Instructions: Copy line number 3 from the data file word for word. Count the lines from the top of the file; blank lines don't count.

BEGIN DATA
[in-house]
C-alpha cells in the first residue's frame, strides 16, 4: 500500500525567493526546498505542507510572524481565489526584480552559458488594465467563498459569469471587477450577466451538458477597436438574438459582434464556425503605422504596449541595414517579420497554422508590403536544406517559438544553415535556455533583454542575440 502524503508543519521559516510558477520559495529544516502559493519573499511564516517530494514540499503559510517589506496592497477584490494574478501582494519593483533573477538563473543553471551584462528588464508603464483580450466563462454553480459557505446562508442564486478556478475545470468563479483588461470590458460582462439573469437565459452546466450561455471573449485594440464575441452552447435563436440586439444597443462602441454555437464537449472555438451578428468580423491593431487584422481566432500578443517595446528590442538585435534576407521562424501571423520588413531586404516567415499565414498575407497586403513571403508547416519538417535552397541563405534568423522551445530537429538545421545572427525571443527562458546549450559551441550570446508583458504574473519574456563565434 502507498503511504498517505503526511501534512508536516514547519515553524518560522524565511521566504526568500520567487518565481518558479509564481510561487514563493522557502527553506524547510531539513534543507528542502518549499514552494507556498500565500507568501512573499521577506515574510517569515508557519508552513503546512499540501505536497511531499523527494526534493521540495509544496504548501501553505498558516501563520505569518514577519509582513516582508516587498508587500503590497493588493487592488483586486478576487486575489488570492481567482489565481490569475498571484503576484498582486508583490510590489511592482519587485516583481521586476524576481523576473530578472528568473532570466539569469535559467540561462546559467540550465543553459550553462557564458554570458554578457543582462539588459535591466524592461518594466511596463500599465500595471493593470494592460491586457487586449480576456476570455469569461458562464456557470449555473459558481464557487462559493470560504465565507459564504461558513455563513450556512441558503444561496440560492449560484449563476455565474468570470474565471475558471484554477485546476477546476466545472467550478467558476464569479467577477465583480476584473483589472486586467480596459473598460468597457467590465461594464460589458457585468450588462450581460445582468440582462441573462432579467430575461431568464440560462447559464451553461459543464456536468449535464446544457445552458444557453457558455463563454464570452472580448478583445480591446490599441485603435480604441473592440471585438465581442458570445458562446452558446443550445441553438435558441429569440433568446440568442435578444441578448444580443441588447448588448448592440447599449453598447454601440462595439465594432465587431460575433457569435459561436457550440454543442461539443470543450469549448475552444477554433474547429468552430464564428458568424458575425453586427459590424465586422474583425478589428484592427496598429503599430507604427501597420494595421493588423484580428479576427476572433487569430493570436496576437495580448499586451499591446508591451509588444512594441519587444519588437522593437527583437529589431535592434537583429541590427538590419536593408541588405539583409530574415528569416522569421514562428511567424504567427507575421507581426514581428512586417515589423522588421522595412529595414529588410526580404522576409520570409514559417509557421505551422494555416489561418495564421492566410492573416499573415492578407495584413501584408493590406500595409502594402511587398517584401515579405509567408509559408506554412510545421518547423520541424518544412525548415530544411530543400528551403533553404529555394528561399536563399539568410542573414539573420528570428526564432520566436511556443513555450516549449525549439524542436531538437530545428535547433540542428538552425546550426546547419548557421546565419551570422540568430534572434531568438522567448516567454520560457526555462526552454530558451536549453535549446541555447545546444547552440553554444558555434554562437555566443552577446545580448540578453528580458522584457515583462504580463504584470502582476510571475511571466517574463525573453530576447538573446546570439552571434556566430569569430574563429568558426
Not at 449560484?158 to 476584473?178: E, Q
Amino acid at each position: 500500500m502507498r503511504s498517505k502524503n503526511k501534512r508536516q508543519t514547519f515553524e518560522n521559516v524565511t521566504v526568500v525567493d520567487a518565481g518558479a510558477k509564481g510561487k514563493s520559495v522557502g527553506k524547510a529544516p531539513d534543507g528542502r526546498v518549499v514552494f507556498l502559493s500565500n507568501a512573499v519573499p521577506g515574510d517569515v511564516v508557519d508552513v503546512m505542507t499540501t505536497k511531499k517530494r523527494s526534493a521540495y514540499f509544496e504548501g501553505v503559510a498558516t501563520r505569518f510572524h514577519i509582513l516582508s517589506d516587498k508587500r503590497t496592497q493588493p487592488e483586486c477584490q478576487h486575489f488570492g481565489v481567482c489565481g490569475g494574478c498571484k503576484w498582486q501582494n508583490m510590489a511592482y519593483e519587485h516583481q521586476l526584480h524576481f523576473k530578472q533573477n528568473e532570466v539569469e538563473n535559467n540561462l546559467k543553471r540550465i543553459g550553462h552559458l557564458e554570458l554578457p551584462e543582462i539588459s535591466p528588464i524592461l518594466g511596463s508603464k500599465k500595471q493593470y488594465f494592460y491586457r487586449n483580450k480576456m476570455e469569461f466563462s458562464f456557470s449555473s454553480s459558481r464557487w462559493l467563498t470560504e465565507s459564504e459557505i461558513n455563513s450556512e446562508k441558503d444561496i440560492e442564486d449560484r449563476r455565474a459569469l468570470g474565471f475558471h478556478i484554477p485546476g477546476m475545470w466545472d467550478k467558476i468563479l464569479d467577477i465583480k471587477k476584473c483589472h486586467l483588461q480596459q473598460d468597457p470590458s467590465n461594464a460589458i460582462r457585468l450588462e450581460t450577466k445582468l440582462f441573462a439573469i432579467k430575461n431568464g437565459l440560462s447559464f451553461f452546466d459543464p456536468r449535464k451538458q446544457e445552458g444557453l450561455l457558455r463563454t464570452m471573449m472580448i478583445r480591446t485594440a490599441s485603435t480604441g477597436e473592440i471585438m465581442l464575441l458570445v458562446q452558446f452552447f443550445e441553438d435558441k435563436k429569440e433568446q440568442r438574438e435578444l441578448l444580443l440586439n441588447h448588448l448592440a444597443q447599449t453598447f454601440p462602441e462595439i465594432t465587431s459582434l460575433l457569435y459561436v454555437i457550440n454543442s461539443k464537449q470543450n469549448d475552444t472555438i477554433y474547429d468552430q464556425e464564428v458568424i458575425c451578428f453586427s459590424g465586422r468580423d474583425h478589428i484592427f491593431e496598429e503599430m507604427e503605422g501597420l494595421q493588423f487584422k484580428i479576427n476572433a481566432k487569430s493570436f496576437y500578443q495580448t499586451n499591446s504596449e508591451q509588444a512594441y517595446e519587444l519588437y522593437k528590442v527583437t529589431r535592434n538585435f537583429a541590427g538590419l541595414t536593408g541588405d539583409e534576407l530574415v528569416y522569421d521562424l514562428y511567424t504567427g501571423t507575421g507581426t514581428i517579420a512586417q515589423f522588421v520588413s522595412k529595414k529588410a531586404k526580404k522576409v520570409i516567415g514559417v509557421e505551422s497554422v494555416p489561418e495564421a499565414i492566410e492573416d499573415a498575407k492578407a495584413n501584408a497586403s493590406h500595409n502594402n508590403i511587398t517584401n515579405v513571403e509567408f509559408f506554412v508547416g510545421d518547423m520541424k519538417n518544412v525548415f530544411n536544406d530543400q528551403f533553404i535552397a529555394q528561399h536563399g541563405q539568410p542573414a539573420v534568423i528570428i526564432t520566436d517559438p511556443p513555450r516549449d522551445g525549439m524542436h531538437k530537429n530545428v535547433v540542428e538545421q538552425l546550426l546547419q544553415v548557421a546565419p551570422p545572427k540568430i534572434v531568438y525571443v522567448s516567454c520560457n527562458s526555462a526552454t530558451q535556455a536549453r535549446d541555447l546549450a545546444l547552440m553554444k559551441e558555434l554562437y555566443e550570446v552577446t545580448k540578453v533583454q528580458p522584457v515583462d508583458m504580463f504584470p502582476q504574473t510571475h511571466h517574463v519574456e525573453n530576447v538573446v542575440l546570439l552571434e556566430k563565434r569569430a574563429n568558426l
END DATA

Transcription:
Not at 449560484?158 to 476584473?178: E, Q